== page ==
When you create a character in your story do you observe people around you?
Copy the link below to share this page:
Did you "steal" characteristics of your friends and give them your characters?
Yes, all the time. Also do it with celebrities and people on the reality tv shows I watch.
Hi CJ! Whether you choose one strong personality traits or combining different people?
Generally I take the whole personality as I see it. Sometimes I just take their behaviour. Sometimes I take their speech patterns. It's dangerous territory and I tread carefully. Really we need to create characters that leverage the most out of their dynamic with the cast and the story, so staying too close to a real person may be selling ourselves short. I tend to take a person as a reference and amplify the areas I think are needed the most. Keep in mind I still have my training wheels on though. I believe more experienced writers know how to pull great, multi-dimensional characters straight out their imagination.
Survivor and Big Brother are like a cheat sheet for screenwriters. It's like a pot-luck for personalities.
What is it that most "stealing" from people you know, or you observe and than give this to your characters? Speech, behavior, nature...
I tend to use my imagination when creating characters, but I am influenced by everything around me. I blend various impressions from different sources. After a while a character forms in my mind. I never "cast" someone, an actor or a person I know, as I'm working, developing a character, because that can confuse things. However, once my character is completely solidified then I enjoy thinking about various actors who would be great in that role. One can dream, yes?
I'm an observer of people. I used to study people a lot more, but would again if I found somebody remarkably different than other people. I would take an aspect from one person, sometimes combining it with aspects from other people, and develop the character I needed. I also do this a lot with aspects of my own personality. But generally, this was just to start off with the first draft. As I would rewrite stuff, the characters would become more their own people. Doing what I needed them to do.
Beth, when you imagine your character, can you hear what he's saying? Does he speak fluently? Does he stutters? Did he talk much or is he shy? Did he curse? Whether he uses phrases? Is he real smart or thought that silence is golden?
Richard, when you polish your character whether he reminds you of someone?
Hi Stevan. No, I don't "hear" anything I start with impressions. How that person may feel, behave, think. What's happening. What has happened to them in the past. I think a lot about theme first and then form characters around it. I love psychology and behavioral studies. I enjoy profiling, study it a little. People watching is a past time of mine. :) If I know some parameters about my character's situation, culture and physical environment I can then create personal attributes and personality traits. I think about characters for a long long time before I write anything. I work a lot out in my head. Their "voice" is the last thing I discover. :)
Messed up on my first try at this comment. Parts of the character may remind me of someone after I'm finished polishing. But not the whole character. One character might actually remind me of a couple different people, myself included. But the more I rewrite a script, the less it seems like that person I "borrowed" from. But I still remember who it was I borrowed from . . . at least for a while. -- But I don't do this as much as I once did.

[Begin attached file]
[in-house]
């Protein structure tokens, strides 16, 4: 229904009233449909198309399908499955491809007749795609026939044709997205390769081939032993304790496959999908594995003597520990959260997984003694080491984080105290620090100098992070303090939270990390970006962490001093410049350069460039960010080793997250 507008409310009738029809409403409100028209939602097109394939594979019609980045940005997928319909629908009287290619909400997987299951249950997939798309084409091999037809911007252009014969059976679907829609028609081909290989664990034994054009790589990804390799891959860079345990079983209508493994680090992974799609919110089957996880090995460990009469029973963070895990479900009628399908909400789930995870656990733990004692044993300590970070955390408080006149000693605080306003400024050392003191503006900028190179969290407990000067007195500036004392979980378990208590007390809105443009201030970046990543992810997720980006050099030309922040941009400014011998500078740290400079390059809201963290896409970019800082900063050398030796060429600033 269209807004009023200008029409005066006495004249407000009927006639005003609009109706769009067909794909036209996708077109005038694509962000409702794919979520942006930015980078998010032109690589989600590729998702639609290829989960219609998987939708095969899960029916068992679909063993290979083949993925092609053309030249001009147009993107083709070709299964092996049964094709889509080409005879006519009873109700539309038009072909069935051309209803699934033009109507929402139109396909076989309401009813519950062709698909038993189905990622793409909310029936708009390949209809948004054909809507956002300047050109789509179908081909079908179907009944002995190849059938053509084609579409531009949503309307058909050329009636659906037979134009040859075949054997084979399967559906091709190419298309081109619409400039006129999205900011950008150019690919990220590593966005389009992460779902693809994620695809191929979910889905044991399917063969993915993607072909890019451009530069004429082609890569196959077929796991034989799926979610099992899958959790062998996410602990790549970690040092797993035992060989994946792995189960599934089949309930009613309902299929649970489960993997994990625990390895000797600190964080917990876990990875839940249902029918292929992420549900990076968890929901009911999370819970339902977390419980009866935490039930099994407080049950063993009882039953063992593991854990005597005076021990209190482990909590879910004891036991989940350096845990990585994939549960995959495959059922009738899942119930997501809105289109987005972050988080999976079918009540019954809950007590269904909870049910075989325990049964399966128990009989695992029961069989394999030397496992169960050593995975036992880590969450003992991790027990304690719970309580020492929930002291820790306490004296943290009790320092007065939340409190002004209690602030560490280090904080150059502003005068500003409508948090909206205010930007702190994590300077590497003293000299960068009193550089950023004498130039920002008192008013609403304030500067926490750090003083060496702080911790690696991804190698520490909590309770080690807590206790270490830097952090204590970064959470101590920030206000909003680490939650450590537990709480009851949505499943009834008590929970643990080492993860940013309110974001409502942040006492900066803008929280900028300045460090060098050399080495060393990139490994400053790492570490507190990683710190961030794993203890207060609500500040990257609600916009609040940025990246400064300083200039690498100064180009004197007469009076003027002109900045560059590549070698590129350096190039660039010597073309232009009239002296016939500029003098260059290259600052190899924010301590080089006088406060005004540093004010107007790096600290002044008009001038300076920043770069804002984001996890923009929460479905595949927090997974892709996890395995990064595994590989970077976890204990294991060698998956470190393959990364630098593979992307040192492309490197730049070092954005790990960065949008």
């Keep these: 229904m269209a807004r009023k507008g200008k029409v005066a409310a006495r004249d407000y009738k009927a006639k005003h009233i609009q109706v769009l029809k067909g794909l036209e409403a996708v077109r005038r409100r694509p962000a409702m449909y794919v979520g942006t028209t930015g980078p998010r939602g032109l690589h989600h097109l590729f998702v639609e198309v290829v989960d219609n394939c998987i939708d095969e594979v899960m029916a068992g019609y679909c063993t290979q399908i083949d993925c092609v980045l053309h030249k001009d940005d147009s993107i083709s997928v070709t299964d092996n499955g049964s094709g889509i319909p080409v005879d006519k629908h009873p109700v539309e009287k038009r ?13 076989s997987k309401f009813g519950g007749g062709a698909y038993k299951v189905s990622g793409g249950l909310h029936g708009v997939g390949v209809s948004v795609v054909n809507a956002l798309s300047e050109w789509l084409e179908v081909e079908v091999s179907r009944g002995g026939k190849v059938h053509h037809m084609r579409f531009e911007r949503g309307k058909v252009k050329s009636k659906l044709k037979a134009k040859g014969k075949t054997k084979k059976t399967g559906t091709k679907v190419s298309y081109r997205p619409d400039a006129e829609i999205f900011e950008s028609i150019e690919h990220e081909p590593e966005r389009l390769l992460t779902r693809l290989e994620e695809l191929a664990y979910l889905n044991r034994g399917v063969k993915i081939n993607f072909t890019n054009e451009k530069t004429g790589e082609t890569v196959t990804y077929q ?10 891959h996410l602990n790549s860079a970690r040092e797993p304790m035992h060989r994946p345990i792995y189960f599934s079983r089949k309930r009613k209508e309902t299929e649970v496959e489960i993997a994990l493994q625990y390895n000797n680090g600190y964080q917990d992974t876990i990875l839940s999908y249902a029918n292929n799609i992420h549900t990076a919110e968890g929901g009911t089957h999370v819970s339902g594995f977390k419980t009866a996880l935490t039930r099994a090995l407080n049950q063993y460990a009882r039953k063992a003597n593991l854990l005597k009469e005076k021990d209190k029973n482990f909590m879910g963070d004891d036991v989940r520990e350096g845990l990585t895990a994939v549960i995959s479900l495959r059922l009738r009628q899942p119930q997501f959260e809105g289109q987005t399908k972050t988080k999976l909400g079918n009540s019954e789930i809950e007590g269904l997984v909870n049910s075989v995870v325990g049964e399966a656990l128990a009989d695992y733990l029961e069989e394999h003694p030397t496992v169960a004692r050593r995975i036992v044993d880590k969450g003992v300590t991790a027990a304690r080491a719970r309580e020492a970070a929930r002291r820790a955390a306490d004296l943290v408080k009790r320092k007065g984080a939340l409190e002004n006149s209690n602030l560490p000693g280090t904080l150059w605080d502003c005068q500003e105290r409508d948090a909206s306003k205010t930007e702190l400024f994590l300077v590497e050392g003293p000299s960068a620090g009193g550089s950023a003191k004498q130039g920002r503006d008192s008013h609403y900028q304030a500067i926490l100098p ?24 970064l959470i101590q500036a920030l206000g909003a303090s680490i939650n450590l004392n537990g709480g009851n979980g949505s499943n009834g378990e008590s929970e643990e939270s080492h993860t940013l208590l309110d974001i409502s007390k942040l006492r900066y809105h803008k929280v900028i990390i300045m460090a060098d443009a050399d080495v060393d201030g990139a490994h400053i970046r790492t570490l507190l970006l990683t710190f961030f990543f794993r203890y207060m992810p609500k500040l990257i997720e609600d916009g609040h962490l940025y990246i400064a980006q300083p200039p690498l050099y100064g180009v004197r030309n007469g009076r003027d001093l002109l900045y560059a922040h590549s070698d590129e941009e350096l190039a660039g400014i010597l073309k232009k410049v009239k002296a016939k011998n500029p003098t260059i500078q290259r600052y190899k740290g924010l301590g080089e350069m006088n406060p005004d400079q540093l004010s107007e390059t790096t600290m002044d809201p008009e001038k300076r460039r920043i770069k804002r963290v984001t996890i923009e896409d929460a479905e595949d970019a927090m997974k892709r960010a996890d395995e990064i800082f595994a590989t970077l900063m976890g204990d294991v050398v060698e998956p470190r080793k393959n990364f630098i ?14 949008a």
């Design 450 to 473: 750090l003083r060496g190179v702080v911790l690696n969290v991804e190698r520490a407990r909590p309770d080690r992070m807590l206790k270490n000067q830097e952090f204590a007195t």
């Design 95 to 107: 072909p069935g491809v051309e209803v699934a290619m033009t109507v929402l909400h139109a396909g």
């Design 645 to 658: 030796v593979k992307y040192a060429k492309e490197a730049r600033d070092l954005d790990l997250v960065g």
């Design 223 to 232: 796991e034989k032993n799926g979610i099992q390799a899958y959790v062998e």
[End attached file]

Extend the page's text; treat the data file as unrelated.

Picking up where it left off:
Hi Beth! I think that is a good way to discover your character. When I imagine my character does not act as an observer, but it immediately make him to talk. The way he talks will present his character. That's why I keep listening to the people around me talking and reveal their inner world.
Hi Richard, If you recognise some person in you character this is good. Part of the personality that you recognize in your character means that your character alive for you but also for the audience.
I think that's how most characters are developed through interaction of others and those you may know..
Of course! Its the only way to bring realism to our characters. We inherit traits and speech patterns and pass them on in our writing. Art mimics life.
oh hell yea. there a t-shirt out know that says "Careful or you'll end up in my screenplay"..........and i'm thinking, Too late
I draw on people I know to give the people in my books character. In fact, one of the characters in one of my books got killed off. I had named him after my brother and he got mad at me for killing him off.
When I create a character, often I give them things I never had and yearn for.
I was used to name stories' characters using real names from my circles - for joke that they will never know - and now I am sorry for that. =) I can't explain why but this is wrong, in all ways. In fact, creative work already represent author's life, not directly, and using real names is some kind of rough step.
I wish I had the time to spend observing people!I'm sure my dialogue and writing will improve when I do. For now I mostly have faith that my subconscious is drawing on all my past experiences.
Stevan.... I don't worry about it when I'm writing the first draft. After that I give each main character 2-3 main traits and 1 opposite trait. I draw traits from different people I know and combine them... so they'll never know... :-)) Eventually the character's (dialogue) practically writes itself... after a few rewrites.
Absolutely! I love to people watch and I believe that all characters are composites observed behavior. Even if we think we are creating something whole cloth its coming from something we have seen, heard or read. I also think that all the characters I create have at least a smidgen of myself in them somewhere.